Long story short, Lex was living on the planet Lexor, where everyone loved him, and he and Superman were fighting, Lex fired an energy beam at him with his fancy new armor, the beam bounced off Superman and hit a big doodad that was keeping Lexor’s core stable, and everything went kablooie. Lex of course blames Superman entirely, resulting in:

A more brutal origin for an age when comics were, just very slightly, beginning to get a little edgier with their storytelling…not that Superman was going to suddenly become, I don’t know, Frank Miller’s Daredevil or anything. But we were getting to the point where the more fantasy-ish “loss of hair” origin wasn’t enough in comics, where a little more grounding in reality (relatively speaking) was becoming more in vogue.

As it turned out, this New Unleashed More Dangerous Than Ever Luthor only popped up a handful of times before the aforementioned Crisis came along, and frankly things weren’t much different than before except for Luthor having his new space armor suit.

With Crisis and the accompanying sweeping 1986 reboot of the Superman line by John Byrne, all that previous Luthor stuff was cast aside, and a new relationship between the two was forged. “Introduced” in Man of Steel #4, our new Luthor is now a wealthy businessman whose successfully hides his shady side from the public (causing a lot of comparisons to Marvel’s Kingpin in the process):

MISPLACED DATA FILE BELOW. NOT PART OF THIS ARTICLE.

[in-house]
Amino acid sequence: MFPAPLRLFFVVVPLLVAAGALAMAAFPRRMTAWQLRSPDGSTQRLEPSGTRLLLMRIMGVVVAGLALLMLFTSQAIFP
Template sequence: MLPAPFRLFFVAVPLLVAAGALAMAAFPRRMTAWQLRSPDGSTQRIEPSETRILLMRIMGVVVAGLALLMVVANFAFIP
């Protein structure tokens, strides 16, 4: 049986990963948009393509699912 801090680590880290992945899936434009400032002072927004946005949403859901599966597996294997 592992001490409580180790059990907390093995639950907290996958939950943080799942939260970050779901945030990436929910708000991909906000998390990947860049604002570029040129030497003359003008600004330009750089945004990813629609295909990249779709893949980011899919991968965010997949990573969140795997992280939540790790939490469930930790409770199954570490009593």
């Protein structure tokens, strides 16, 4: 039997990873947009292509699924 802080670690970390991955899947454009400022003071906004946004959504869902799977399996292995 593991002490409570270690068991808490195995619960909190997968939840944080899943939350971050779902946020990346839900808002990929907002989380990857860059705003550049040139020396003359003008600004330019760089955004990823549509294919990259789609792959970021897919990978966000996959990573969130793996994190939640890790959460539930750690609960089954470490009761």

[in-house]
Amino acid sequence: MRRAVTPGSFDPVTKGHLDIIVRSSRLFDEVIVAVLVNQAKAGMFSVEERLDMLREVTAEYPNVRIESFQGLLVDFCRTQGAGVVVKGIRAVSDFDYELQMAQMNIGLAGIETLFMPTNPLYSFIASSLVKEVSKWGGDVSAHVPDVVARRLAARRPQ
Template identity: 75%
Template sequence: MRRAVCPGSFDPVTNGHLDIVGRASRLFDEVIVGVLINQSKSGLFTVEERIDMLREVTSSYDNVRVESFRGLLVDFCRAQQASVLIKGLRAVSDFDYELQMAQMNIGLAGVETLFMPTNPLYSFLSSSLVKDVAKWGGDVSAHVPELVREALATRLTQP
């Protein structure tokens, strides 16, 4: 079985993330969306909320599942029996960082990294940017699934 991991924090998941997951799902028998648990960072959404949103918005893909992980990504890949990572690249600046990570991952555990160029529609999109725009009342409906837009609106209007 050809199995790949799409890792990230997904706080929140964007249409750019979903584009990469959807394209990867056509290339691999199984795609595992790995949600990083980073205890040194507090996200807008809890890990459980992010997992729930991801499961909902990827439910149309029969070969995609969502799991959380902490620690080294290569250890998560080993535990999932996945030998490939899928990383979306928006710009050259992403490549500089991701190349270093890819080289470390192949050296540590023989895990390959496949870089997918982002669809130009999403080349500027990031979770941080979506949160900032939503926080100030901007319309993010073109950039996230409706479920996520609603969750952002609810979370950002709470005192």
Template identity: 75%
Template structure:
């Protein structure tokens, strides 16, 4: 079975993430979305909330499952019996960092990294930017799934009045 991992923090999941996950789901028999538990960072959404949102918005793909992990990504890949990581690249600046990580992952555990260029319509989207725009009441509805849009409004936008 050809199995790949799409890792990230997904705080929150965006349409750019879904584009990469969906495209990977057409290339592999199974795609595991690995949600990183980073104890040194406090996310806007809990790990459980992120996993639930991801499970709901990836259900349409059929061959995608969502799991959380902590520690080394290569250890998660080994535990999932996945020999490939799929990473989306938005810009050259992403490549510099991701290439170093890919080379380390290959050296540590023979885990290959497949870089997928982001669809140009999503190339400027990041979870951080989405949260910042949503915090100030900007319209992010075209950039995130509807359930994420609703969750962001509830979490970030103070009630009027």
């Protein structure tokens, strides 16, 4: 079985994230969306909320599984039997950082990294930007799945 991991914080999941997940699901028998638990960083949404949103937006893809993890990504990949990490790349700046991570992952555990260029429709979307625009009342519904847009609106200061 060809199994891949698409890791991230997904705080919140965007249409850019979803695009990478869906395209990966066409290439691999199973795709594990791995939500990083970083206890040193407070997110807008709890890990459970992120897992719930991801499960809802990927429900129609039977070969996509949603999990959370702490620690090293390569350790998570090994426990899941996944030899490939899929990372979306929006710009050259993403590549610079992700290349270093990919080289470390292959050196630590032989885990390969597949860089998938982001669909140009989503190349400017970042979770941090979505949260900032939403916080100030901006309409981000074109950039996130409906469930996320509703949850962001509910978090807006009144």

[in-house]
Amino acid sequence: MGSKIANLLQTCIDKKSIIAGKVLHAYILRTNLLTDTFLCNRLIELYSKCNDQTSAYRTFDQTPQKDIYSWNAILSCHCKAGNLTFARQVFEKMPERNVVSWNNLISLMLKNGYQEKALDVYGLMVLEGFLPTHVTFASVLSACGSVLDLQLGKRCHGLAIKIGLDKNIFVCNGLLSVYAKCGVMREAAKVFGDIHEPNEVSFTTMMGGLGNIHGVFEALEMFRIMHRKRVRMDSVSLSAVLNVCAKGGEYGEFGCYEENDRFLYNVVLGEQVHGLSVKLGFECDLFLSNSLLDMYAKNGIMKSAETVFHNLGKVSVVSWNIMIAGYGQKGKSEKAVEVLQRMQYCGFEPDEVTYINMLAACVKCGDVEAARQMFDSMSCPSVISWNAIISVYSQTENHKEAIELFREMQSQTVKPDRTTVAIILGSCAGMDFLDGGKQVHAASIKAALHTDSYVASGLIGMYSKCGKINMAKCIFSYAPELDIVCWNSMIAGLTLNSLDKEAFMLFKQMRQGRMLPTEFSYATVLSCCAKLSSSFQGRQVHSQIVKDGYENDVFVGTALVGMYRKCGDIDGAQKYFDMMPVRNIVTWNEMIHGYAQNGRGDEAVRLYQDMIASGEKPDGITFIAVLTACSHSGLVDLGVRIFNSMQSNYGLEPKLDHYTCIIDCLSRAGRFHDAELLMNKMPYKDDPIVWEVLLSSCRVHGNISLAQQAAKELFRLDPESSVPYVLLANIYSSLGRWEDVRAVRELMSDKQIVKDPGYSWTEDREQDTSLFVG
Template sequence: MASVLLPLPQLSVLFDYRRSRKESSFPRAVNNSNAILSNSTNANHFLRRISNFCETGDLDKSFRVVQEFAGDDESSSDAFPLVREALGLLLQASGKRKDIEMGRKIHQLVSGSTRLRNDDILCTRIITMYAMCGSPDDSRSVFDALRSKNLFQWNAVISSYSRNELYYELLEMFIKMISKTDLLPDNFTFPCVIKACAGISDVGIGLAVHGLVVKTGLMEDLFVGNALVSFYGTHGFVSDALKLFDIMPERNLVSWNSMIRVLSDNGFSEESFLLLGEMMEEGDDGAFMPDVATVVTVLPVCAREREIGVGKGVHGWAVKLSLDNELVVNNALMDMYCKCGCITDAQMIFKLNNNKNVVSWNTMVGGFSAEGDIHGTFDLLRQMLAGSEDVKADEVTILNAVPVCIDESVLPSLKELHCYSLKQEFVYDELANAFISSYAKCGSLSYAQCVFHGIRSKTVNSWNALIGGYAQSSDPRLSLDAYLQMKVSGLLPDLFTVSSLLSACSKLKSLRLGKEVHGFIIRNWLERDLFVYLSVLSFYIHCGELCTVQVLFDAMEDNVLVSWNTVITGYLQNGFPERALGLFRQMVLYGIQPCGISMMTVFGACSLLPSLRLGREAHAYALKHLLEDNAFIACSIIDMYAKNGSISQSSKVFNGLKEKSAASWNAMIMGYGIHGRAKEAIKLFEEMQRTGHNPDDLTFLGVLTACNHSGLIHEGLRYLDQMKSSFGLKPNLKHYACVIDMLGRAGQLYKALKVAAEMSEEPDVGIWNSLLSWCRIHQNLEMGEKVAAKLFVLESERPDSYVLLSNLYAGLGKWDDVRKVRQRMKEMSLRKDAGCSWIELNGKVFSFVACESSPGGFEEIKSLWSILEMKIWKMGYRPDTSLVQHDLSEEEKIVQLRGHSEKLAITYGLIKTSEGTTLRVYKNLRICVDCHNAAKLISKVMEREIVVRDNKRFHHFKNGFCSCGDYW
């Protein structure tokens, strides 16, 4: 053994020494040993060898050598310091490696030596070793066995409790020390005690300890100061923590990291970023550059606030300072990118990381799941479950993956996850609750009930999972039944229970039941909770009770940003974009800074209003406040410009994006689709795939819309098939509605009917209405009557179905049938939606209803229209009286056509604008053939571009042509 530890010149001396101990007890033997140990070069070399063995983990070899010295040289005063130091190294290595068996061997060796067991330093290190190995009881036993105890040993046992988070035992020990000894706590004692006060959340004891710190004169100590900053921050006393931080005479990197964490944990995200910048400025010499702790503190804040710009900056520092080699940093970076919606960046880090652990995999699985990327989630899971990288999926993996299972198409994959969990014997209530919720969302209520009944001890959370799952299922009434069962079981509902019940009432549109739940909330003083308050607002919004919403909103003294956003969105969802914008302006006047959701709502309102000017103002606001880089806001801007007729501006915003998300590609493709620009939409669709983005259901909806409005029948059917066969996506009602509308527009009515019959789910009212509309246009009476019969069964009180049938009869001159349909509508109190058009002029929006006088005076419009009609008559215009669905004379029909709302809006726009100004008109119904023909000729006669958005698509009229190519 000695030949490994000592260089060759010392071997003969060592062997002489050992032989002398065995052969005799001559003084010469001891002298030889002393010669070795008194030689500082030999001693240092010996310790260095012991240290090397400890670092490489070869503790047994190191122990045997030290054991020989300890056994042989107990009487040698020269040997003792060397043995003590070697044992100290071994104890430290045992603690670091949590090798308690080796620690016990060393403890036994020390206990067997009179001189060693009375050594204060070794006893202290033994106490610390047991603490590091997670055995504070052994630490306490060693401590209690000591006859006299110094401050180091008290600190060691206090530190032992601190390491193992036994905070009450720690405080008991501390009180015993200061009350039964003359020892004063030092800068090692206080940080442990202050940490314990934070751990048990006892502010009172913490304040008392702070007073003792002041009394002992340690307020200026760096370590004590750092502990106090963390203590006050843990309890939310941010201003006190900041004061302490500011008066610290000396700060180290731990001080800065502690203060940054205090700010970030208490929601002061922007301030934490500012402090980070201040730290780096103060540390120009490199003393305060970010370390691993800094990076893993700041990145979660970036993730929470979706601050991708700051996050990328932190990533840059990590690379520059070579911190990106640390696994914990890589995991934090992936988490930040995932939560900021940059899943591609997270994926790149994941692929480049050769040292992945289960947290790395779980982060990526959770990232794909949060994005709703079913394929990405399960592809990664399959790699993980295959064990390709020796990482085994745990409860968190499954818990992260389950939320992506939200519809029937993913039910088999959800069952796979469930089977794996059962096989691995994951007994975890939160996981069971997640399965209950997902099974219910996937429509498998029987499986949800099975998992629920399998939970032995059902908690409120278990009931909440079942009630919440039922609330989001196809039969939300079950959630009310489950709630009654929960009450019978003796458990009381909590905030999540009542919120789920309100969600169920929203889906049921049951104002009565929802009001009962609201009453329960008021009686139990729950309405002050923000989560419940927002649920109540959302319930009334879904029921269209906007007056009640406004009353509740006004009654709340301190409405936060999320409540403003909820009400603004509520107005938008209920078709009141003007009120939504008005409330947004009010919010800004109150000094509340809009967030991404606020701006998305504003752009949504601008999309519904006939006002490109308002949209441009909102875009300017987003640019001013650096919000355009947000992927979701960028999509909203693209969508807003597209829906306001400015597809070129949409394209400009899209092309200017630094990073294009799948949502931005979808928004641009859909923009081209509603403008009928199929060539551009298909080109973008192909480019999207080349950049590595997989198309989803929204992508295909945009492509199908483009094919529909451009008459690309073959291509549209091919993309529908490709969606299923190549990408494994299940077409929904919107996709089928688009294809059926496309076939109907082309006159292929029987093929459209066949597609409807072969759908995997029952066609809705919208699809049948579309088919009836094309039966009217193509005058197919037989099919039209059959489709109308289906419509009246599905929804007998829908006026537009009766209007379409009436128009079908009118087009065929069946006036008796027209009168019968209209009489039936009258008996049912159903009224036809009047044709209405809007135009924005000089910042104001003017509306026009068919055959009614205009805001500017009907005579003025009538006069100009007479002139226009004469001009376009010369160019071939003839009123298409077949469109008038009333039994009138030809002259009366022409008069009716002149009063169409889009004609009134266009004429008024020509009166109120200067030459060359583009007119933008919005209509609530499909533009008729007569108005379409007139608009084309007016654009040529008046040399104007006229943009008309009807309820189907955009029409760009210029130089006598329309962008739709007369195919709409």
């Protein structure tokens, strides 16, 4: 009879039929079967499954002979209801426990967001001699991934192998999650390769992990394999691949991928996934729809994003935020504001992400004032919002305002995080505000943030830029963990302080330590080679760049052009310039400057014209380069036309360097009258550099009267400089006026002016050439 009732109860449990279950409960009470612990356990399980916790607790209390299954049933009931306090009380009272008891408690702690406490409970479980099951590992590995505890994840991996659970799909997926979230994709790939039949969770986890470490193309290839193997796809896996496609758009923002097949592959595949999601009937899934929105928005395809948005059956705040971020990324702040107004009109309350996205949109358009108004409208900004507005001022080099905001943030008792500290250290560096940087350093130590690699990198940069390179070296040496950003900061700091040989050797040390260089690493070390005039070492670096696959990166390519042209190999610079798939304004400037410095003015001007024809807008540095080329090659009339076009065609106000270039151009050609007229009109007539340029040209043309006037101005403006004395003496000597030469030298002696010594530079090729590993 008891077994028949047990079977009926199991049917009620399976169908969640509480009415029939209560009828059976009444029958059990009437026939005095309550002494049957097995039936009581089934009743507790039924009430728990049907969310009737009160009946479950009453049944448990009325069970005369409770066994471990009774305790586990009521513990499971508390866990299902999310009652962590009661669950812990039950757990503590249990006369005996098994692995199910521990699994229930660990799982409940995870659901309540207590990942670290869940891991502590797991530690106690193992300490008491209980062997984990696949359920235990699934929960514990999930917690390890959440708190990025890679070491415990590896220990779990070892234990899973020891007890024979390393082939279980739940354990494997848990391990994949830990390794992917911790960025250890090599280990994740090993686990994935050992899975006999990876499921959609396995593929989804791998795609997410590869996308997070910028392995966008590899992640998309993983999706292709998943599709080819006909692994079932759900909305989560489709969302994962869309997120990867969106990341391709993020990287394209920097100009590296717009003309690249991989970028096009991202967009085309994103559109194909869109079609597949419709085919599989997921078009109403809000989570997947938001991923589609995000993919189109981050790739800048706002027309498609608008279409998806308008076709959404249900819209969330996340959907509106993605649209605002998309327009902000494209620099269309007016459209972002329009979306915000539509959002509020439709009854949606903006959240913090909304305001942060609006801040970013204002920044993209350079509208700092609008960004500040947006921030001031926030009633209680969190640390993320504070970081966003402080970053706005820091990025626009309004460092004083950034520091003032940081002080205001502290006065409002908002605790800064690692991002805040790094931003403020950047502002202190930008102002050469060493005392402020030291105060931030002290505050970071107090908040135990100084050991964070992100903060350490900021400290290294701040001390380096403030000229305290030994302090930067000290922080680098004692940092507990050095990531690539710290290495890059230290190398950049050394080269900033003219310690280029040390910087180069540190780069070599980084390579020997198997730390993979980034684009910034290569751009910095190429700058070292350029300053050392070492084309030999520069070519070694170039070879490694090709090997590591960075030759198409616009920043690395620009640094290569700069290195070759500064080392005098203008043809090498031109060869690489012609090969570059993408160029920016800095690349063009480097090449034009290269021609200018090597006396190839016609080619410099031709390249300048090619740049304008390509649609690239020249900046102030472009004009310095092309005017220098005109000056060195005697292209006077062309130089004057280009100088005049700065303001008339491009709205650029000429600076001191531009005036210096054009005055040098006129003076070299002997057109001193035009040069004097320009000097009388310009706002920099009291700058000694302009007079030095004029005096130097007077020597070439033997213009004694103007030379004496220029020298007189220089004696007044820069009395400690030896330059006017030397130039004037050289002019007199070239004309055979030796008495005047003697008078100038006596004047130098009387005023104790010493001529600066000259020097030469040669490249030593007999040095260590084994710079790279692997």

And yes, he has hair. At least until Lois slings this parting shot at him after an eventful evening:

…which, hey, I don’t know, don’t be hairline-shaming my man William Frawley:

But this being the motivation for Lex to start shaving his head clean (as he appears sans hair in EDIT: his very next appearance Superman #1 – was reminded in the comments he didn’t go Full Yul ’til after the Man of Steel mini was over) is frankly just as silly as Superboy blowing Kid Lex’s hair away after a lab fire. BUT TO BE CLEAR I know this isn’t the argument at hand. Hair is removed as a motivation for Luthor’s behavior…now it’s just a small point being made about his vanity.

Luthor’s hatred of Superman comes from the Man of Tomorrow’s replacing Lex as the most powerful man in Metropolis. This is a more modern, a more…well, using the word “subtle” for anything Byrne works on is bit of a misnomer, but it is a more nuanced take on his hatred for Supes than “I lost my hair.” It rises out of the character’s personality, a change that comes from the increasing demand for the approximation of “realism” and storytelling sophistication in comics.

In a way, though, it still hearkens back to the childlike simplicity of comic character motivations of decades past: “I was the biggest guy, now someone else is bigger, and I hate him.” It probably just comes down to being more relatable…everyone’s been jealous of someone else, but very few people have experienced a friend causing their immediate and total hair loss. Unless, you know, their arch-nemesis is an evil barber or something.